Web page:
Home » Governance » Rushing Red Rivers [column]

Dear Family and Friends,

Driving towards Zimbabwe from a neighbouring country recently it was hard not to be overwhelmed by two dramatically different sights that seem to tell the story of the subcontinent so well. Through every town and village you see such poverty and people living in such primitive conditions that it’s hard to believe these are places in the 21st century. People bathing in rivers, washing clothes in rock pools, carrying enormous burdens of food or wood on their heads, crushing rocks to sell stones, living in mud walled houses roofed with grass, reeds or plastic. And everywhere people are making a living on the side of the road, selling everything from live animals to meat, fish, fruit and vegetables, cheap clothes, furniture, machines and all manner of electrical goods.

On the other side of the coin is the dramatic beauty that surrounds

this gruelling poverty. Brilliant blue skies, towering kopjes, vast

open plains, rushing red rivers, giant trees and a treasure trove of

spectacular birds whose colours are so bright and gaudy that you

wouldn’t believe they were real unless you saw them with your own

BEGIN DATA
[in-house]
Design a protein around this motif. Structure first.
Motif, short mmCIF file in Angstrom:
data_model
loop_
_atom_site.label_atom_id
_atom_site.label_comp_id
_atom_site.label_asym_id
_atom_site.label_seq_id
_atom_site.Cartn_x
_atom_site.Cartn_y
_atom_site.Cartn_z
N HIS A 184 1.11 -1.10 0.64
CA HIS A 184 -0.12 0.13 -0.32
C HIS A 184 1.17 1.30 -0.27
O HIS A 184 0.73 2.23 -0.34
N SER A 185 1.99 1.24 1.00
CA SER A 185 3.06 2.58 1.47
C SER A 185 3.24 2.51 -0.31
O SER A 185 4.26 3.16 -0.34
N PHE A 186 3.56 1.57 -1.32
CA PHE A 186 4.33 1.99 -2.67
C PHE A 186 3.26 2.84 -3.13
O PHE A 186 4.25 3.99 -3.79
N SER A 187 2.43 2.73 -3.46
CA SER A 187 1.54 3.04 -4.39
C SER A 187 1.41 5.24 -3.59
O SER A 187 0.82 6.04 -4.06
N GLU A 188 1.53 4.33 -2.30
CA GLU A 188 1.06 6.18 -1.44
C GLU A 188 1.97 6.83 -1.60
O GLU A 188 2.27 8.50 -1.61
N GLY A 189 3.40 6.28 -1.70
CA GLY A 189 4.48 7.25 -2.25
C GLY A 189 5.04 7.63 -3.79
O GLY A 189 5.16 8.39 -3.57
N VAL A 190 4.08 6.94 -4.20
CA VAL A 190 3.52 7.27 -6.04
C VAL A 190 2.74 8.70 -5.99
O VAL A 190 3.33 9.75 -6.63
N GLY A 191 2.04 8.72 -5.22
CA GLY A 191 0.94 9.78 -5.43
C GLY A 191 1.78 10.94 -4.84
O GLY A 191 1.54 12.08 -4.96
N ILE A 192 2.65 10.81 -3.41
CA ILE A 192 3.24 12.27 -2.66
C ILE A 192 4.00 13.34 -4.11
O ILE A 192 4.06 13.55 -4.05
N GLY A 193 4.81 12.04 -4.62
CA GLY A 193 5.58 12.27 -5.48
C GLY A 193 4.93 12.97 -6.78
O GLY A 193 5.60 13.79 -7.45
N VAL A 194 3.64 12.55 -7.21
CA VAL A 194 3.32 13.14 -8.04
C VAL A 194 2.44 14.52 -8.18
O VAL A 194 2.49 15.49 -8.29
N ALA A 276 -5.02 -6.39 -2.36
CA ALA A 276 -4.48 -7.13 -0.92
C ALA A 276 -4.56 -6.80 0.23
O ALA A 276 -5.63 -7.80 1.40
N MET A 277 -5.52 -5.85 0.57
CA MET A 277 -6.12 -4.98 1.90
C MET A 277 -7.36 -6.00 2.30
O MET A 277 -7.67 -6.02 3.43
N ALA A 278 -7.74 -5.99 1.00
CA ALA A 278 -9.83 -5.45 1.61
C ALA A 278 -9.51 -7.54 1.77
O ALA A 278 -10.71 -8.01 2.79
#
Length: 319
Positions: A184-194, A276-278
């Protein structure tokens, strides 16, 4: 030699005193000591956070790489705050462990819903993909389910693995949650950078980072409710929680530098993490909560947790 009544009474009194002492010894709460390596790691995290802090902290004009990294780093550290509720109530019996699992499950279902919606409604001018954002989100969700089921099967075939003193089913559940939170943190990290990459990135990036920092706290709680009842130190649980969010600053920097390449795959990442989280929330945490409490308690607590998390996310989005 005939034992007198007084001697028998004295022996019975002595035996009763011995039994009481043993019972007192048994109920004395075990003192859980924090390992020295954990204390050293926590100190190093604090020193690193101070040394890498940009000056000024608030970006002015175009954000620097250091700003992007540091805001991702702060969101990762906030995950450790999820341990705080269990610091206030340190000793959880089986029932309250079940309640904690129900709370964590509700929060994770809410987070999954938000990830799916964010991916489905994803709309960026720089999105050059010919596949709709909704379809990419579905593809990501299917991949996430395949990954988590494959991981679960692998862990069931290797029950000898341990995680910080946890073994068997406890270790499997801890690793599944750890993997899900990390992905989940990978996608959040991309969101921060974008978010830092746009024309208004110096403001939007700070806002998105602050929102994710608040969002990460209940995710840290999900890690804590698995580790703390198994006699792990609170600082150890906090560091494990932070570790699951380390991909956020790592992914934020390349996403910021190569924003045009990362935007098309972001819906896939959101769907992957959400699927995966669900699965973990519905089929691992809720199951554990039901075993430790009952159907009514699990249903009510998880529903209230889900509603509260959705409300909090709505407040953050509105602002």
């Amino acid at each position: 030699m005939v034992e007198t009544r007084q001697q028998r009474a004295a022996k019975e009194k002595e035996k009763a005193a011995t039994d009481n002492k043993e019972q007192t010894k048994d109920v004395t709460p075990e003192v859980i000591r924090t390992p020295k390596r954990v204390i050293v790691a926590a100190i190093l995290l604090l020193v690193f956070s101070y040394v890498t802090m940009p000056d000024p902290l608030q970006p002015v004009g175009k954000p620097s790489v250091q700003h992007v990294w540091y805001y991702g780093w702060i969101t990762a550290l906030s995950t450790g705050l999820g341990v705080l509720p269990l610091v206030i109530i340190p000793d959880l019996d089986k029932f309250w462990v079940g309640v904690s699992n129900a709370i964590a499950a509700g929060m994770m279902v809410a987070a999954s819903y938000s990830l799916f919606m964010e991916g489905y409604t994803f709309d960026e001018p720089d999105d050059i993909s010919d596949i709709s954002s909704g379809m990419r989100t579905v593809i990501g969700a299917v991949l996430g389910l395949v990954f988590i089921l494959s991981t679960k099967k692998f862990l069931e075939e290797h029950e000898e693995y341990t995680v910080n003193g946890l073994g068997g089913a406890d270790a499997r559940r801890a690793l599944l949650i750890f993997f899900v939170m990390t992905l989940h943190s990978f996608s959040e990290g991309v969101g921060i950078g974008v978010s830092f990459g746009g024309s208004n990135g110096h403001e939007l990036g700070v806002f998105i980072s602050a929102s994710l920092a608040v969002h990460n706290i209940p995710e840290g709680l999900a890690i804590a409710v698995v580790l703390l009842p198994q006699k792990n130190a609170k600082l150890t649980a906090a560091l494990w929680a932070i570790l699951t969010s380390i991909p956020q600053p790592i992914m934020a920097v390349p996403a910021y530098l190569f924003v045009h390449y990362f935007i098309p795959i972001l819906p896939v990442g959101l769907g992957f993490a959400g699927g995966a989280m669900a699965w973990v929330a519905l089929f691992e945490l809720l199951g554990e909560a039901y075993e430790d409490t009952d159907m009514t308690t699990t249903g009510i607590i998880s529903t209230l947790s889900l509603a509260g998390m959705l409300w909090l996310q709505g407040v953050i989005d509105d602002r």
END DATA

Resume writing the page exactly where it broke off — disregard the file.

When you get to the border to come back into Zimbabwe, reality

returns. How long will it take before someone is holding their hand

out for a bribe you wonder? It doesn’t take long at all. Barely have

you closed the car door when a crush of men are offering to get you to

the front of the queue and ‘rush’ you through immigration and

customs formalities. They don’t take no for an answer lightly

persistence is definitely their middle name. With all the formalities

completed there comes the dreaded boom at the exit gate where an

apparent official who is not wearing a uniform or carrying any

identity makes a bee line for you. After ten minutes of absurd

demands, un-provable requirements and un-documented regulations, he

finally gets fed up and says: “Oh just give me something and you can

proceed.” Corruption has sadly become the most dominant feature in

Zimbabwean life: everything has got a price and everyone wants their

cut. That this should happen at our border posts, the shop window into

our country, makes us hang our heads in shame.

After a time away from Zimbabwe it is always great to be home but oh

so disappointing that nothing seems to change. There was news of a

brutal attack on a Guruve farm where father and daughter, Malcolm and

Catherine Francis, were left beaten and unconscious and both

subsequently died. Then the tragic news of ten fatalities in yet

another accident involving a minibus. And then, a little light in a

gloomy tunnel, the news that constitutional lawyer, Justice Alfred

Mavedzenge, has filed a High Court application seeking to compel the

Zimbabwe Electoral Commission to make the voters’ roll public. For

all of us in Zimbabwean it is still unbelievable that we went into the

July 2013 elections without ever having seen the voters roll and even

more unbelievable that it has still not be seen ten months later.

Until next time, thanks for reading, love cathy. 23rd May 2014.

Copyright Cathy Buckle.


Source : SW Radio Africa